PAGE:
Humanities Postgraduate Researcher Showcase

Date and time
Thursday, 23 May 2024
14.00 - 16.00

Kedleston Road,
University of Derby,
DE22 1GB

Come along to hear about research being completed by our postgraduate researchers as part of their PhD studies. The showcase has speakers from across the humanities presenting an overview or one aspect in detail of their in-progress PhD projects. Some speakers are in their first year of their PhD and others are very close to finished. Each speaker will present for 15 minutes. The presentations will be followed by some comments from discussant Dr Tom Neuhaus, Head of the Discipline of Humanities, and then the audience can ask the speakers any questions they have about their presentations or projects. 

This Festival of Humanities event will be of interest to those:

Speakers and presentations

Speakers are listed alphabetically rather than in presentation order.

George Barkes: An intellectual history of the climate denial movement within the transatlantic 

A historical analysis of the modern climate denial movement within both the United States and the United Kingdom. This presentation will investigate the evolving methodology used by the climate denial movement while seeking to understand the material and ideological conditions that allowed for its continued rise. 

Samantha Hudson: "Le we play mas!"

An insight into the wonderful world of the Carnival masquerades as a cultural heritage practice from the Caribbean, with a behind-the-scenes encounter as we approach mas camp season. Through costume experimentation, we delve into the elements of practice as research (P-a-R) as part of my methodology in my research journey. 

Caroline Jones: The '-opolis' phenomenon and urban-industrial identity in nineteenth-century Britain 

This paper analyses a neglected pattern of local identity construction in nineteenth-century British provincial newspapers: the 'opolis' phenomenon. This involved journalists and editors using nicknames such as 'Cottonopolis' (Manchester), or 'Ironopolis' (Middlesbrough) to infuse additional meaning, both positive and negative, into their commentary about these areas. The origins of this practice can be located in perceptions of London at this time, with depictions of the capital as a 'metropolis' at the heart of an empire creating a 'metropolitanisation' culture which pervaded the way other British cities and towns were portrayed in the press. This paper will not only show how London influenced this '-opolis' phenomenon but how it also played a critical role in the way it was utilised, demonstrating how the capital was not only used as a benchmark when judging '-opolis' cities and towns but was also seen as a rival for power and supremacy.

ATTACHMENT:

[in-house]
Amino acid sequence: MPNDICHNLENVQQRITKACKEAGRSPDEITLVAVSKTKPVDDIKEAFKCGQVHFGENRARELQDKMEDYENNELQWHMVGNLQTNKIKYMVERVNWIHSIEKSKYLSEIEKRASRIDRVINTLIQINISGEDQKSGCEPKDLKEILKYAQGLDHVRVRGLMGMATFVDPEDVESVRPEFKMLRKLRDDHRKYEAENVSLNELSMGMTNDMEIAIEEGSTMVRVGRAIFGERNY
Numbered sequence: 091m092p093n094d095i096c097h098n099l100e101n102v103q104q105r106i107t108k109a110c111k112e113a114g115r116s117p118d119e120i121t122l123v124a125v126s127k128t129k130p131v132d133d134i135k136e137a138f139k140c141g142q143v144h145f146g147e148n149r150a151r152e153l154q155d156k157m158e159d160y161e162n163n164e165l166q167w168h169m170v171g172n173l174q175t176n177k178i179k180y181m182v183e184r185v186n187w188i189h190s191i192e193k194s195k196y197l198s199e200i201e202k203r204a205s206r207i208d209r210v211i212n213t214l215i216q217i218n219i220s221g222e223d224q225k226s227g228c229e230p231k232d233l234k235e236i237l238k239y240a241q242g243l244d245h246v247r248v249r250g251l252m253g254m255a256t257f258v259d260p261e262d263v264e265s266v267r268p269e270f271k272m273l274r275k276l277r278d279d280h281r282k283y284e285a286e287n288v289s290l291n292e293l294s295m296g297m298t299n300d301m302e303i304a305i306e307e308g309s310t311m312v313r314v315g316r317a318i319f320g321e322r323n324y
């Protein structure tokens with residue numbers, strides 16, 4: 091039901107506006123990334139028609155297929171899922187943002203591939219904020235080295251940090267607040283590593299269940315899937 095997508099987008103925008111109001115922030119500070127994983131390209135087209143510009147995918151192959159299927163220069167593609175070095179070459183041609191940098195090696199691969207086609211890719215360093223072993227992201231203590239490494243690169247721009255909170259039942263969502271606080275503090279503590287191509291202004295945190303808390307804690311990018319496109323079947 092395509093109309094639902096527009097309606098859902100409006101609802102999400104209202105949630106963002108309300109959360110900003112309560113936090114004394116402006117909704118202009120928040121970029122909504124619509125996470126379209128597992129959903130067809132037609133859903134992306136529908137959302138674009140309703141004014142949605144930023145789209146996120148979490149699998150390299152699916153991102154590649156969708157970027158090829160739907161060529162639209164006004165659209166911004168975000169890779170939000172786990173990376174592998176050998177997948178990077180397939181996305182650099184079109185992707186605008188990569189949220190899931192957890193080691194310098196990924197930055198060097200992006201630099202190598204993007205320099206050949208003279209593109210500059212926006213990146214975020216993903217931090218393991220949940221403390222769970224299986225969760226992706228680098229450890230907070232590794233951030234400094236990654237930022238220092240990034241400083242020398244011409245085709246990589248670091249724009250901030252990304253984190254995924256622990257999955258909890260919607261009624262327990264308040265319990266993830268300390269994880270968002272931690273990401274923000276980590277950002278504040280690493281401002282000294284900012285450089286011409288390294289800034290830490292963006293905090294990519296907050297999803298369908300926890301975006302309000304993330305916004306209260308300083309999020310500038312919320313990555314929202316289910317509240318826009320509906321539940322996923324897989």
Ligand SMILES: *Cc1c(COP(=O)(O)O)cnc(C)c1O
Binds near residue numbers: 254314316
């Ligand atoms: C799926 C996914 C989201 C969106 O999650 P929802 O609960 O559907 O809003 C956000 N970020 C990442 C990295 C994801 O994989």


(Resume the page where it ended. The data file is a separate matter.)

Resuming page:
Tabitha Peterken: Selling hope. Buying Brexit

Selling hope. Buying Brexit. Narratives Defining Life and Identity for North Yorkshire Fishermen Working Before and During EU Membership, is an ethnographic study of identity and hope in a small community. The fishers believed their identity, their community and their way of life was under threat and blamed the EU. Encouraged and emboldened they acted accordingly and voted for Brexit to reclaim their past identity. 

Alongside the interviews I was also confronting a change to my identity. I was forced to seek a diagnosis of Autism/ADHD and accept how my future might look. 

The fishers and I were both at a crossroads and we both voted for our own versions of hope in order to reclaim/claim our identity. 

Laura Stroud: Writing in the workplace: How creative writing pedagogy can be applied to build stronger teams

With businesses looking innovative ways to increase team cohesion, whilst also recognising the importance of creativity and creative solutions to workplace 'problems', there is not only space but a call for new approaches to team development. This research considers how creative writing and creative writing pedagogy can offer this needed solution. This short talk will provide an insight into the experiences of a first-year PhD student, exploring how to get started with research, and an overview of their current research project.

Chair: Dr Cara Penry Williams, Senior Lecturer in English Language

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